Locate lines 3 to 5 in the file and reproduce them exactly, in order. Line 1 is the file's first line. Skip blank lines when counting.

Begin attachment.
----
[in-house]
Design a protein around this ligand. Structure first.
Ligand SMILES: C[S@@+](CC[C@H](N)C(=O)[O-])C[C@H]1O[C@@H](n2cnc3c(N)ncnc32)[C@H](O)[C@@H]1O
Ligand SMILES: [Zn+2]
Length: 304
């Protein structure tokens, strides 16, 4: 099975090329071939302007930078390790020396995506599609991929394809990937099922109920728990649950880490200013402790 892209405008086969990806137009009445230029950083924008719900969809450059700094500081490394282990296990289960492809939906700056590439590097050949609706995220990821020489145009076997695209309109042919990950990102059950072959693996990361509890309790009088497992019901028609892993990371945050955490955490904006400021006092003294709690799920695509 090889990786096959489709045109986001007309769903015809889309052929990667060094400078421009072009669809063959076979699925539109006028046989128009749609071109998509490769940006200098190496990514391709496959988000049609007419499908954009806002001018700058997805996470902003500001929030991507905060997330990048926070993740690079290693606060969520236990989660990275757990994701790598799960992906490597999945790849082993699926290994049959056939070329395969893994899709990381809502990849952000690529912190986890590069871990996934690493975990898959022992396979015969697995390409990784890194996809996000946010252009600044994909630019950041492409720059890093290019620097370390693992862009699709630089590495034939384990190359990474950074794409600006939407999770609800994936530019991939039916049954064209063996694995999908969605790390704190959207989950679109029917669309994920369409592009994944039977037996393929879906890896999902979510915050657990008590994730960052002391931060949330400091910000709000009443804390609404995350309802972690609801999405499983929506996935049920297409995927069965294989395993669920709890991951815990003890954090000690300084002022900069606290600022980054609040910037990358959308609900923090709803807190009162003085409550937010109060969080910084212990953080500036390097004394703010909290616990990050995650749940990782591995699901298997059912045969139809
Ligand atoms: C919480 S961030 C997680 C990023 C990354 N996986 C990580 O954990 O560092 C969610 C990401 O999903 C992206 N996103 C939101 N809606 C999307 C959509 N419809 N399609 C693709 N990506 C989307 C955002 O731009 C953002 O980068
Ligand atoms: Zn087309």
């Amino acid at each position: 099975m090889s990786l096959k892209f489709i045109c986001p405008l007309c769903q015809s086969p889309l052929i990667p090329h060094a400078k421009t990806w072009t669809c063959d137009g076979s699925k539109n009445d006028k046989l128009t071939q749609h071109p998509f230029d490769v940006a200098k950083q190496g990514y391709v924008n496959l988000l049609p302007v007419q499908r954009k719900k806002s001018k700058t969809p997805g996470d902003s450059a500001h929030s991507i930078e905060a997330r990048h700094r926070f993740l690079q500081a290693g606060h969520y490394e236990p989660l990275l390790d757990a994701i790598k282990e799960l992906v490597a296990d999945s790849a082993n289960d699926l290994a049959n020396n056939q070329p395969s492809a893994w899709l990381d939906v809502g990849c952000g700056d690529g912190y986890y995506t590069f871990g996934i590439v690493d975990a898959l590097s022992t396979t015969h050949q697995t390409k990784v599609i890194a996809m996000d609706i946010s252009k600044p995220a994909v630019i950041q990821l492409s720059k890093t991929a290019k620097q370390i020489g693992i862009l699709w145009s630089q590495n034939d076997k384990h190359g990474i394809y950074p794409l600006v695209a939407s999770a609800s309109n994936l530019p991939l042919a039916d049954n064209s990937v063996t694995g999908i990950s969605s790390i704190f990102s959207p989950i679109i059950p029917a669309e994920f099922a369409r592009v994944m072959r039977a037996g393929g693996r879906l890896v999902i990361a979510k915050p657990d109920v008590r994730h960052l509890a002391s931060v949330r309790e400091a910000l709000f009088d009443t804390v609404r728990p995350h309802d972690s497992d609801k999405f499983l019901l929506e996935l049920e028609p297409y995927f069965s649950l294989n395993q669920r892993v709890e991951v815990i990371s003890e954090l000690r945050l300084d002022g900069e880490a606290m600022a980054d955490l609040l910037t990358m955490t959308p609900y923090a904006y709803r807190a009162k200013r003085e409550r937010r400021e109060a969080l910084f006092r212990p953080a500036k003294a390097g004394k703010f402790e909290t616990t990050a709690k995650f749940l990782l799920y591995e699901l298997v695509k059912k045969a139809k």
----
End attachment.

Ligand SMILES: C[S@@+](CC[C@H](N)C(=O)[O-])C[C@H]1O[C@@H](n2cnc3c(N)ncnc32)[C@H](O)[C@@H]1O
Ligand SMILES: [Zn+2]
Length: 304